It took traveling to Cuba and Kauai, and marveling at what the farmers’ markets there had to offer to make me realize just what I might be missing back home. Sure enough, once I went to the farmers’ market here in Sacramento, I never looked back.
With the price of food increasingly going up, and the local economy struggling due to the recession, the Certified Farmers’ Markets of Sacramento County offer a solution to both: pay less for your groceries while supporting your local economy. But it doesn’t stop there: About half of the vendors there offer organic produce, often at a much better price than local stores. And perhaps the most convincing argument of all: eating both locally grown food and what’s in season helps to cut down on carbon emissions. Produce imports and exports add a huge debt to our carbon footprint because of the amount of jet fuel it takes to keep up this endless cycle of international produce shipments. So shopping at the farmers’ market means going green, too, and most people even bring their own reusable shopping bags.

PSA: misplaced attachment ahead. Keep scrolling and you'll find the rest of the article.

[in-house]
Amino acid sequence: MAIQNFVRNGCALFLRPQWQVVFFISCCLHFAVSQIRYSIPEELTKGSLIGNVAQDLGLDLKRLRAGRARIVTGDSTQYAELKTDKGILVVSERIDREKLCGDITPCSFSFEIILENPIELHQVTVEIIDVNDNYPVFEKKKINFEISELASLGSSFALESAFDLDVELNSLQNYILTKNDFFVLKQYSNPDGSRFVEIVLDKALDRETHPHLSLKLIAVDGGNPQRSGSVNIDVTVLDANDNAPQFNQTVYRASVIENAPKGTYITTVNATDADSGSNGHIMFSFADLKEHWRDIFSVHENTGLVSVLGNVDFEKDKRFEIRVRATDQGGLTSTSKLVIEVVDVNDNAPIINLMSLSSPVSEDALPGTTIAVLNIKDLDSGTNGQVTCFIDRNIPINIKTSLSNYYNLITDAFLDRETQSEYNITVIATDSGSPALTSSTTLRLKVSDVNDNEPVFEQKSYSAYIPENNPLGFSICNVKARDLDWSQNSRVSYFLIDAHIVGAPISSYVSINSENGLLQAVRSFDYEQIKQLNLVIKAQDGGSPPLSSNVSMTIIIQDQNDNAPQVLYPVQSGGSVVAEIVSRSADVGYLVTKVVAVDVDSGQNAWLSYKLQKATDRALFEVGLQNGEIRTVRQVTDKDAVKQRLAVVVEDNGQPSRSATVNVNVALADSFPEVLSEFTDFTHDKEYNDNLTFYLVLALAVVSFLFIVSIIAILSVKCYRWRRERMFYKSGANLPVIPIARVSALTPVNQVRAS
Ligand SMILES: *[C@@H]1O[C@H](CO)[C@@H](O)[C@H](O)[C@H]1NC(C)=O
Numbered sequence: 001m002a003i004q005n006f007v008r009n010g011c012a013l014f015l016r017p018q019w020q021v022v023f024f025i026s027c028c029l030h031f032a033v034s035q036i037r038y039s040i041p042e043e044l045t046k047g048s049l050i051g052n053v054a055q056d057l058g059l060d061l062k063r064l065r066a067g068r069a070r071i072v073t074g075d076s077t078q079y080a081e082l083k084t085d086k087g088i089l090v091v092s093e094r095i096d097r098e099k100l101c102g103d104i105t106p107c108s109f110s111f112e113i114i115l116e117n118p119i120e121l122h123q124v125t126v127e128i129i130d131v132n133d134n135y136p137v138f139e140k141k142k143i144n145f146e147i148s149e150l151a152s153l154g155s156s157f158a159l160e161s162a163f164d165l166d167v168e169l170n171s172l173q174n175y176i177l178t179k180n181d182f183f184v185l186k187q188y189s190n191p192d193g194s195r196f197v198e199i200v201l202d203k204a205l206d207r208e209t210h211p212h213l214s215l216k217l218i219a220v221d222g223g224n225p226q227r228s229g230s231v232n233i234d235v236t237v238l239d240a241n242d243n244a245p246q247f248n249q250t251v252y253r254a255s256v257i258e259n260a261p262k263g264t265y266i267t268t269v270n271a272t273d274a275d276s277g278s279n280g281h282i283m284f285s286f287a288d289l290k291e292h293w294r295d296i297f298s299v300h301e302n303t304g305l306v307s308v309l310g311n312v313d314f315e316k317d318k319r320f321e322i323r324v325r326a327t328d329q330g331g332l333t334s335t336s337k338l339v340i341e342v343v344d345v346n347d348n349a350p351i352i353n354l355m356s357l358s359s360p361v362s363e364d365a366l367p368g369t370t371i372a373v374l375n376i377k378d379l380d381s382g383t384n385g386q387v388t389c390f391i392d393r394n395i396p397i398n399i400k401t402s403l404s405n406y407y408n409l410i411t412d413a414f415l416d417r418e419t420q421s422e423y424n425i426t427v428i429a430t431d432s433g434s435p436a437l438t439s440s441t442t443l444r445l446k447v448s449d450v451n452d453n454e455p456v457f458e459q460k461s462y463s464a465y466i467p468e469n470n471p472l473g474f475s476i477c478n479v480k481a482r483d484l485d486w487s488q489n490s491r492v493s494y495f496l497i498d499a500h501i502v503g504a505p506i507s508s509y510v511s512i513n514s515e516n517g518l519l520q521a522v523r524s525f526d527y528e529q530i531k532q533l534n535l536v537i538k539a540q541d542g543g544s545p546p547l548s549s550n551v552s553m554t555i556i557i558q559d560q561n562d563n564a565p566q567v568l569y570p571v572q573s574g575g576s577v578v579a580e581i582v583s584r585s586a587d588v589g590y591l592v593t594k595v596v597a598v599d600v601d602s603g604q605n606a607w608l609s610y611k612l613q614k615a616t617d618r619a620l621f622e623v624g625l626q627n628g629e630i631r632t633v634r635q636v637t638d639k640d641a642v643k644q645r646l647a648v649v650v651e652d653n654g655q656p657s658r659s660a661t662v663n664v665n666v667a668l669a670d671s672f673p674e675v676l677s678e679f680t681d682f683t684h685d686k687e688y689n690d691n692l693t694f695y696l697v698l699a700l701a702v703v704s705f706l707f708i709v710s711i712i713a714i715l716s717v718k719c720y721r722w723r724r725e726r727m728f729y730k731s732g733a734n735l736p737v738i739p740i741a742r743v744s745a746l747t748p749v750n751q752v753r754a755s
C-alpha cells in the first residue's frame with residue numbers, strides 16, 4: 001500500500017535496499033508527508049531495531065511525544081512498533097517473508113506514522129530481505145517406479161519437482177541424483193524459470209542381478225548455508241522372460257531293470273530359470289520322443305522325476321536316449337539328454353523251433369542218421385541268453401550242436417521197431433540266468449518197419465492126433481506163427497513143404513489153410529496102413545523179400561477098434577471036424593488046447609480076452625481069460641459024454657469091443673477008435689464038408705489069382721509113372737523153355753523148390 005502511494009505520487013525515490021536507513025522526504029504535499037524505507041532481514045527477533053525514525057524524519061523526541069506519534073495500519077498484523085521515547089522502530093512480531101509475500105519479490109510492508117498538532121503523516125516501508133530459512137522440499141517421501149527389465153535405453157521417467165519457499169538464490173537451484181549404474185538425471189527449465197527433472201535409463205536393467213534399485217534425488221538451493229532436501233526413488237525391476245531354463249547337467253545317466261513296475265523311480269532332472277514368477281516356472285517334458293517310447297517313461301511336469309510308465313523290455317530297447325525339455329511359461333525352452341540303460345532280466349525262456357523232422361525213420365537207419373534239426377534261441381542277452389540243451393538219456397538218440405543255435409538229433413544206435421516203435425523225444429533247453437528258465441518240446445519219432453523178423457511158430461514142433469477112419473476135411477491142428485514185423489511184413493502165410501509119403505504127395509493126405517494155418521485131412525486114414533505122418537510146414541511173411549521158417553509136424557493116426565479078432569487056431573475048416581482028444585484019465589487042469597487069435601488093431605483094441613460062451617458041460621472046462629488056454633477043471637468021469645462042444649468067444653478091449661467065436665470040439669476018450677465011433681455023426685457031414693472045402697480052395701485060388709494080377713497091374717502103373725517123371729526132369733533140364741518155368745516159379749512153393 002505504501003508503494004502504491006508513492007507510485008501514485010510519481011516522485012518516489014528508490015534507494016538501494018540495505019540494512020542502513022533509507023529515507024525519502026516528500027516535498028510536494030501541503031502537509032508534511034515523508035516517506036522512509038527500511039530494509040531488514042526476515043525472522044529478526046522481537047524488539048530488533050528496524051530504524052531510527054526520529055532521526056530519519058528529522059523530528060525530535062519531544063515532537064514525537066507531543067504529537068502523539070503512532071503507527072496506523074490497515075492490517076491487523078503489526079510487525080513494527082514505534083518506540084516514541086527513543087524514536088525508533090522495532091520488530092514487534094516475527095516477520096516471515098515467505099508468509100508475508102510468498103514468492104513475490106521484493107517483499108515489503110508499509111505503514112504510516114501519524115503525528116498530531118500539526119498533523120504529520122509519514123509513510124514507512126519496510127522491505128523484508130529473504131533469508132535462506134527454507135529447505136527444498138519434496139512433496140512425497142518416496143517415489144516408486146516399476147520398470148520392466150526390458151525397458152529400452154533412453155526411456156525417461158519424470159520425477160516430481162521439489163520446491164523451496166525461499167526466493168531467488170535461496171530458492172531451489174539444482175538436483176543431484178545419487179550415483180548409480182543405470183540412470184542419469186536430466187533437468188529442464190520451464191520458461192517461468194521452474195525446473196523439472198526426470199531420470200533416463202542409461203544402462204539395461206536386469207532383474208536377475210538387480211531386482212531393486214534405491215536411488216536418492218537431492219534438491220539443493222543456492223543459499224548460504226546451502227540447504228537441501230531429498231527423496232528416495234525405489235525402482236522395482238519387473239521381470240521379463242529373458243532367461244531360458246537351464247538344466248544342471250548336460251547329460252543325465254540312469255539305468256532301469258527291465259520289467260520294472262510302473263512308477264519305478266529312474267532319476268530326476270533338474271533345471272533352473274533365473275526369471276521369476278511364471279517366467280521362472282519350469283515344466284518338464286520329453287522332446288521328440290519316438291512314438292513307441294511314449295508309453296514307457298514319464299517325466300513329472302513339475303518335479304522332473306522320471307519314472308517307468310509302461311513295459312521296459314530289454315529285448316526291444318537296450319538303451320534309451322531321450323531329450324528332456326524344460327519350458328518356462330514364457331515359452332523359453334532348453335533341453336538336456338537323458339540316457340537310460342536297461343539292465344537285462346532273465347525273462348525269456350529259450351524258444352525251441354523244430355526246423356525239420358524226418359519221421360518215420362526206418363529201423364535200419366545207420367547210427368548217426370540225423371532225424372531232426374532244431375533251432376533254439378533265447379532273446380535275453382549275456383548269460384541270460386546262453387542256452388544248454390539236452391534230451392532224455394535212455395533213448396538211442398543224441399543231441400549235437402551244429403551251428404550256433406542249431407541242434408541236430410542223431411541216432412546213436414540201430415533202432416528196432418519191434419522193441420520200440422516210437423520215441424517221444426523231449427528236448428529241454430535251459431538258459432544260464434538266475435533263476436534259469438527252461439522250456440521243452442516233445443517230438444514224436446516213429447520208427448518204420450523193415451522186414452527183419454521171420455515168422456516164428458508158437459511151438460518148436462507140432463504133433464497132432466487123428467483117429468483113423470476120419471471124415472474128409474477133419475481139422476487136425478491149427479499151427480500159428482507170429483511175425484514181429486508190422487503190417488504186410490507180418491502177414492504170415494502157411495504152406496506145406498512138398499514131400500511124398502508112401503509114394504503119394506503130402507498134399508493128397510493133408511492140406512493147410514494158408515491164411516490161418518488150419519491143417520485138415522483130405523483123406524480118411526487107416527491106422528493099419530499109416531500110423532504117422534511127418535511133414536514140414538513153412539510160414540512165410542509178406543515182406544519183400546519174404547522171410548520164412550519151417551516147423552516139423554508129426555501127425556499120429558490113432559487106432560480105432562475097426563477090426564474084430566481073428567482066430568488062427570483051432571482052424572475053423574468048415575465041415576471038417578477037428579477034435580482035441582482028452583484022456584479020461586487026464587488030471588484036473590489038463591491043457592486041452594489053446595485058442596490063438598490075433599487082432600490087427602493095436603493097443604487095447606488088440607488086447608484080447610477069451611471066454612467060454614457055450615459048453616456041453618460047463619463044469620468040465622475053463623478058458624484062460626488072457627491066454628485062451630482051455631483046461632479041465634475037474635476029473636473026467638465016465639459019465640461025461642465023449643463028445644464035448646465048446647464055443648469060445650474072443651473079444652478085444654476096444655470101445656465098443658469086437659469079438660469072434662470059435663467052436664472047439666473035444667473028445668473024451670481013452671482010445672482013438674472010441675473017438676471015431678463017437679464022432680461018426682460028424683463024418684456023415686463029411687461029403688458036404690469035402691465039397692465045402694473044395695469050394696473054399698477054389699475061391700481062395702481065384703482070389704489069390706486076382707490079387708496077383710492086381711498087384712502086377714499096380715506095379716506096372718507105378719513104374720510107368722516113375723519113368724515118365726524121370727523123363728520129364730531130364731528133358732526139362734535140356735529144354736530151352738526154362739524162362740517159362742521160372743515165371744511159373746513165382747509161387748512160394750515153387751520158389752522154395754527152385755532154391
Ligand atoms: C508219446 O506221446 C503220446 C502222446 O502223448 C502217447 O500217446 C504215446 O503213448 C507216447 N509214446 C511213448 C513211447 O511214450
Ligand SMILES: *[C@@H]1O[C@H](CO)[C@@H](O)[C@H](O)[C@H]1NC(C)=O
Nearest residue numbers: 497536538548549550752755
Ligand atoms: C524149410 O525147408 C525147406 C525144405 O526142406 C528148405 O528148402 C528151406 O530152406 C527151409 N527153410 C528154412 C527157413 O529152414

At the moment, artichokes, asparagus, mushrooms, all kinds of citrus fruit, kiwis, and rainbow kale are all in season, among several other items. Produce items change by the season, but the cheese, bread, egg, olive oil and organic meat vendors are there year round.
Touring the market
On a recent Sunday morning, there with my friend Becca Popham, I asked her what she loved about it. She said, “My trip to the farmers market has become a Sunday ritual. The variety is endless: organically raised meat, seasonal fruits and vegetables, flowers for my table, free-range eggs. My favorites right now are the many varieties of daffodils and mandarin oranges. You can even find locally made tortillas – garlic and butter tortillas are my favorite – and fresh bread. The big bonus – everything is fresh and grown or raised close to home. I love that my money goes directly to the hardworking farmers!”
But enough about the politics involved in this debate. Chances are, in the fast-paced lives we lead, not everyone can make it to the farmers’ market every week, and most people need to supplement whatever they buy at the local supermarket, which is fine. When asking people why they shopped at the farmers’ market, there was one answer that everyone had in common: the freshness of the fruits and vegetables, often picked that very morning, and the taste. Because this produce didn’t have to travel or stay preserved for a long length of time, it’s just fresher, and tastes better.
If you’re not convinced yet, taste heirloom tomatoes in the summer time at the farmers’ market, and compare it to a hothouse tomato. The hothouse tomato is mealy and flavorless. The heirloom tomato at the farmers’ market tastes like sunshine. Have I convinced you yet? If not, go and see for yourself. You won’t be disappointed.
E-mail Jeneka Sanford at firstname.lastname@example.org.